Chinese shares have rebounded after a media blitz by the Beijing government calmed fears of another market tax.
The Chinese government has curbed some popular enthusiasm for shares
The Shanghai Composite Index closed 3% up at 3,890.8 points after official news sources refuted a rumoured plan for a capital gains tax on stocks.
The number of new share accounts being opened in China's frenetic stock market fell sharply last week and Beijing is concerned to prevent further cooling.
That fall came after the tax on share purchases was increased to 0.3%.
The government has been keen to damp down the enthusiasm of private investors who have been transferring personal savings into share accounts at an alarming rate.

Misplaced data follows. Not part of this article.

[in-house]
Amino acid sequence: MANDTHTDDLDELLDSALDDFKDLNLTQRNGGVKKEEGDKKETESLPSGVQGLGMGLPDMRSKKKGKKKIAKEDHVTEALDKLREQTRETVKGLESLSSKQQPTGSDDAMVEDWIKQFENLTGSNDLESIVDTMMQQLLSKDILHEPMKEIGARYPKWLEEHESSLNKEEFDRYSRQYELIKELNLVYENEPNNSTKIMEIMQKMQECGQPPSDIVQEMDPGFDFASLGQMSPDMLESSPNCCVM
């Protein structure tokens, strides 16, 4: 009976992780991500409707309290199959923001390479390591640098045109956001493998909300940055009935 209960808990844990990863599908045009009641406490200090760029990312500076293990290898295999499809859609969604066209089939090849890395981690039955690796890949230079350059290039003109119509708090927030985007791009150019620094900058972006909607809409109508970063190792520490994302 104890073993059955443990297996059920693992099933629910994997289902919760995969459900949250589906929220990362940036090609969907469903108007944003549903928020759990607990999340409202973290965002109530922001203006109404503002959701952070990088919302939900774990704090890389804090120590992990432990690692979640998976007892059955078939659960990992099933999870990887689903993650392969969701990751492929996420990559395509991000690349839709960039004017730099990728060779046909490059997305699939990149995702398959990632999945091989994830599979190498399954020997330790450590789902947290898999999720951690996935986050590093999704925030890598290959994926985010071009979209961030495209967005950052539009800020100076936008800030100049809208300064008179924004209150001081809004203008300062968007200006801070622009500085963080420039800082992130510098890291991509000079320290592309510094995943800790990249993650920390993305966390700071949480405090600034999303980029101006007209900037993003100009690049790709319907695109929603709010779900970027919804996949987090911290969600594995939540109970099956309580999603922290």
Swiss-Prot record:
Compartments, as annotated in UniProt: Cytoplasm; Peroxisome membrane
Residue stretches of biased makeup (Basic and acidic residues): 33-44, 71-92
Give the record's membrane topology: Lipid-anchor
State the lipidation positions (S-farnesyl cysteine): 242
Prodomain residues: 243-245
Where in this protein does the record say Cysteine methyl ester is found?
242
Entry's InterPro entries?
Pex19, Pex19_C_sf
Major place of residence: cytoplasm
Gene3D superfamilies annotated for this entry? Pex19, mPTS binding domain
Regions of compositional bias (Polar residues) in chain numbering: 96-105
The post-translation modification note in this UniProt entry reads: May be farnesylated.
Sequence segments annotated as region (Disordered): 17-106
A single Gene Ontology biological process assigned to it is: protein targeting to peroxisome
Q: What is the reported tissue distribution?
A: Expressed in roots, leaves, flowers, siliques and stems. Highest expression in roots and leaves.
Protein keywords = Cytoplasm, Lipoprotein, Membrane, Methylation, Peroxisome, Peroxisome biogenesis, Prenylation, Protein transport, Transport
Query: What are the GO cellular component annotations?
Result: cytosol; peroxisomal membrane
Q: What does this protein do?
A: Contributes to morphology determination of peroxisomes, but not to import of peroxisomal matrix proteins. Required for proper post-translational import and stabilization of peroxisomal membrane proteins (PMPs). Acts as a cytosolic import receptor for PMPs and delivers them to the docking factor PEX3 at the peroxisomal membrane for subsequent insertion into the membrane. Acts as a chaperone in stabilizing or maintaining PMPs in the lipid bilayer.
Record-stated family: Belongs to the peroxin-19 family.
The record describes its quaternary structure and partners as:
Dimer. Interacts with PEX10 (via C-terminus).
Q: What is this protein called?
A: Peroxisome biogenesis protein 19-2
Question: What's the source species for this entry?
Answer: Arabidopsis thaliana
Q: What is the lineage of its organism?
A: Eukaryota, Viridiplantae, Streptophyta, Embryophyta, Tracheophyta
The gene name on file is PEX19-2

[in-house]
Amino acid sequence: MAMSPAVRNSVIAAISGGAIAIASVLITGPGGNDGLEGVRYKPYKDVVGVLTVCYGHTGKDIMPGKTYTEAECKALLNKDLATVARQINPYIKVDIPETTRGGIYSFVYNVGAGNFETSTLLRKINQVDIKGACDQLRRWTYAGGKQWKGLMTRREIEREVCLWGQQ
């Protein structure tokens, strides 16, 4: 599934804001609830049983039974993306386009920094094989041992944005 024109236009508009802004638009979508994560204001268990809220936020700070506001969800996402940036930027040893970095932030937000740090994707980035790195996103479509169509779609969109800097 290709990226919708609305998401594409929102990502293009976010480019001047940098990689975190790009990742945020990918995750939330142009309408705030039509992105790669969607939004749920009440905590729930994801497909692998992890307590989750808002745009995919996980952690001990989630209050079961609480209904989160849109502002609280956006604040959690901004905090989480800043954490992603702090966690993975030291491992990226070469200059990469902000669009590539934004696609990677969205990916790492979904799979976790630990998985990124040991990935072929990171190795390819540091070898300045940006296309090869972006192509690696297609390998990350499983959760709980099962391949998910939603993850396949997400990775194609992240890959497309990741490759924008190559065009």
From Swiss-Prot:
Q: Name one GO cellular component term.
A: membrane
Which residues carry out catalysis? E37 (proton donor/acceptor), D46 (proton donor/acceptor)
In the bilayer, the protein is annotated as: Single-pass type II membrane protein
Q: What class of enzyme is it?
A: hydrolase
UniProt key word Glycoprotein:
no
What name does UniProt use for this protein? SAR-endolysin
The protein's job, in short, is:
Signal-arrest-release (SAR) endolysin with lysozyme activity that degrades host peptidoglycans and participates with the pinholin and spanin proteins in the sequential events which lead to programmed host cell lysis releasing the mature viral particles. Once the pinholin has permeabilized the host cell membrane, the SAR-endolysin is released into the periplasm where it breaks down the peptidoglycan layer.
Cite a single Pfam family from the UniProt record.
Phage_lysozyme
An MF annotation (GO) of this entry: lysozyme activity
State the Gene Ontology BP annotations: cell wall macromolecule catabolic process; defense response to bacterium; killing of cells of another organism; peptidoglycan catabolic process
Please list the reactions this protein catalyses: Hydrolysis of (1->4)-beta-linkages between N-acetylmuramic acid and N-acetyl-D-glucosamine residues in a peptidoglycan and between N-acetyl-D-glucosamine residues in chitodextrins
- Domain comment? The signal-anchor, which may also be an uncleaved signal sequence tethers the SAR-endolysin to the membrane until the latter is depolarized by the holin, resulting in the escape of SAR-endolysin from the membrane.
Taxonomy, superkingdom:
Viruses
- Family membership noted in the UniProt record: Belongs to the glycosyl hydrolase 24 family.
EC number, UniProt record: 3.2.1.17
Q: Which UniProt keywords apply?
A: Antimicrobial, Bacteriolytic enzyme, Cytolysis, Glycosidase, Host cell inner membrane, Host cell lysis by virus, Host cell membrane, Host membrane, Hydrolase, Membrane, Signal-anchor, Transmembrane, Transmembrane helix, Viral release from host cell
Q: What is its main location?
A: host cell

But in the last few days, a succession of stories in the state-owned media indicated that Beijing does not wish to see another sharp drop in the market.
In particular, regulatory authorities were quoted in a Shanghai newspaper as saying that rumours that the government planned to introduce a capital gains tax were "baseless."
The shares rally is being attributed to institutional investors returning to the market to buy benchmark stocks.